· THE BROTHERS GRIMM (PG-13) Inveterate scenery chewer and slapstick fan Terry Gilliam directs the blandly Caucasian team of Matt Damon and Heath Ledger in an annoyingly manic action-adventure yarn. The two 19th-century German brothers Wilhelm and Jacob, who wrote fairy tales like "Rapunzel" and "Snow White," become swashbuckling adventurers in screenwriter Ehren Kruger's hands. The brothers fight to exorcise a haunted German forest of its ghouls. A tangled, everything-but-the-kitchen-sink storyline proves Gilliam was not paying attention when he re-read all of those simple but effective Grimm tales. See review. -- Felicia Feaster 1 star
· THE CAVE (PG-13) A group of divers trapped in subterranean tunnels must fend off bloodthirsty monsters. Probably no great shakes, but the tagline has haiku-like perfection: "Beneath Heaven there is Hell. And beneath Hell there is ... The Cave!"
· 9 SONGS (NR) A British glaciologist (Kieran O'Brien) goes to rock concerts with a free-spirited American chick (Margo Stilley), and then they have sex in his room. That's pretty much the plot of this already notorious film from 24 Hour Party People director Michael Winterbottom. The flick lives up to its claims for having the most explicit, unsimulated sex scenes of any non-pornographic film. Surprisingly dreary, you end up enjoying the groovy performances by Franz Ferdinand, Primal Scream and the Dandy Warhols more than the sex acts of the vacuous hedonists. Winterbottom's erotic ideas amount to: "Here are the naughty bits, and later we'll show you how they fit together." He could have given 9 Songs the title 24 Hour Pubic People. -- Curt Holman 2 stars
· UNDISCOVERED (PG-13) A group of aspiring entertainers try to establish careers in Los Angeles. (Hey, isn't this the plot of every sitcom on HBO?) The cast includes Carrie Fisher, Ashlee Simpson, Peter Weller and assorted hotties.
· THE CONSTANT GARDENER 4 stars (R) See review.
· ATLANTA UNDERGROUND FILM FESTIVAL (NR) See preview.
· BEAUTIFUL CITY (2004) (NR) When a young killer faces the death penalty, a friend tries to spare his life by obtaining forgiveness from the victim's father. Iranian Film Today. Fri., Aug. 26, 8 p.m. Woodruff Arts Center, Rich Theatre, 1280 Peachtree St. $5. 404-733-4570. www.high.org.
· THE ROCKY HORROR PICTURE SHOW (1975) (R) The cult classic of cult classics, the musical horror spoof follows an all-American couple (Susan Sarandon and Barry Bostwick) to the castle of Dr. Frank-N-Furter (Tim Curry), a drag-queen/mad scientist from another galaxy. It's all fun and games until Meat Loaf gets killed. Dress as your favorite character and participate in this musical on acid. Midnight Fri. at Lefont Plaza Theatre and Sat. at Peachtree Cinema & Games, Norcross.
· THE TEAR OF THE COLD (NR) Two "political" enemies -- an Iranian soldier and a Kurd shepherdess -- must put aside their differences when a blizzard strands them together in an isolated cave. Iranian Film Today. Sat., Aug. 27, 8 p.m. Woodruff Arts Center, Rich Theatre, 1280 Peachtree St. $5. 404-733-4570. www.high.org.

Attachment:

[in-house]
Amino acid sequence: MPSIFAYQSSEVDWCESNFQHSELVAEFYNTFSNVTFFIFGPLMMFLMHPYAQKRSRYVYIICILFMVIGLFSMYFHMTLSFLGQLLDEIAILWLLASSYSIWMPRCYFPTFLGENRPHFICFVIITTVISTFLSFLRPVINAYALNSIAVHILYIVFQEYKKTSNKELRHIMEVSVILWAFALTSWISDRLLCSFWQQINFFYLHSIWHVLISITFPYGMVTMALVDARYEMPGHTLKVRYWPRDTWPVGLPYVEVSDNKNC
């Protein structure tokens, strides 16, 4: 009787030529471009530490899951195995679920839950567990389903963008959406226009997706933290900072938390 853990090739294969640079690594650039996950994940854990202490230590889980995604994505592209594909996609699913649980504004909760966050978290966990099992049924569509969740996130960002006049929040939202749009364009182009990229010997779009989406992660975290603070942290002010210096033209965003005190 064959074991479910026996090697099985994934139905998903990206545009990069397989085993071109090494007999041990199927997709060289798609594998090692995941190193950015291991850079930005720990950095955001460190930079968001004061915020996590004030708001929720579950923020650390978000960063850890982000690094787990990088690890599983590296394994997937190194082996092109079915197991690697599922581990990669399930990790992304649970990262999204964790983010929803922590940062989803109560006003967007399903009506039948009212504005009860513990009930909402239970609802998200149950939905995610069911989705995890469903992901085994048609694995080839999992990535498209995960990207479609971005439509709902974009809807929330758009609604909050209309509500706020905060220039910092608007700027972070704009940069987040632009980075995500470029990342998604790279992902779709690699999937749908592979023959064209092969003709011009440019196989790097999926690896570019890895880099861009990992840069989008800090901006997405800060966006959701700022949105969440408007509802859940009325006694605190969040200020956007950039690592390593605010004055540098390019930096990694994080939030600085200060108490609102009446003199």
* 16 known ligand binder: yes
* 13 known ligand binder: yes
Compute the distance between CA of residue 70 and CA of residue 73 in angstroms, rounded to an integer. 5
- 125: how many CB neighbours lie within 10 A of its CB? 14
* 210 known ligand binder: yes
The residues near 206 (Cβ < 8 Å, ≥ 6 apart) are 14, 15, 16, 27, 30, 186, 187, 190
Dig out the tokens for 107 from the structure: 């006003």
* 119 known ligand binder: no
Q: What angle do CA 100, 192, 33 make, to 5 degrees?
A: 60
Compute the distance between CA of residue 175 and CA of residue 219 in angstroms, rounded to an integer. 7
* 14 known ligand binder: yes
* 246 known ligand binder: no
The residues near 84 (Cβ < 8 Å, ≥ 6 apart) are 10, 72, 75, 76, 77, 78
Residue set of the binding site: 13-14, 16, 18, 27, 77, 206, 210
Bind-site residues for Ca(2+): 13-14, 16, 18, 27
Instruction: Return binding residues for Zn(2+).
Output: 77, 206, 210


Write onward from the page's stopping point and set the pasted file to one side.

· THE ARISTOCRATS (NR) George Carlin, Gilbert Gottfried, Sarah Silverman, John Stewart, Whoopi Goldberg and scores of other comedians take turns telling -- or commenting on -- an old, notoriously offensive joke usually reserved for other comedians, instead of their audiences. Depending on your tolerance for humor based on every imaginable human depravity, you might not always find "The Aristocrats" a very funny gag, but this documentary (from Paul Provenza and Penn Jillette) earns some honest laughs while offering fascinating -- and uncomfortable -- insights into the minds of professional jokemeisters. -- Holman 4 stars
· ASYLUM (R) Natasha Richardson and Marton Csokas mix erotic heat and morbid despair in this superior, low-key gothic rendition of British novelist Patrick McGrath's novel. Richardson plays the wife of a superintendent at a mental hospital whose life takes a drastic turn when she begins an affair with a patient diagnosed with "morbid jealousy." Ian McKellen is equally captivating, vain and wounded, too, as the doctor who attempts to treat both lovers. The film explores the nature of sexual obsession as experienced by both the sane and the sick, and bites off other juicy topics including British social decorum, consuming romantic and maternal love and the often strange bonds between doctor and patient. -- Feaster 4 stars
· BAD NEWS BEARS Hollywood's penchant for recycling continues with this update of the 1976 film about a beer-guzzling guy (Walter Matthau) who turns a team of Little League misfits into contenders. Alas, the underdog angle has since suffered from overexposure, and in today's anything-goes society, the sight of 12-year-olds cussing like sailors no longer carries any novelty -- if anything, the incessant scatological humor in this new take grows tiresome. Billy Bob Thornton (in Bad Santa mode) is funny as the uncouth coach, though his character -- harsher than Matthau's -- seems out of place in a movie that's being positioned as a family film. -- Matt Brunson 2 stars
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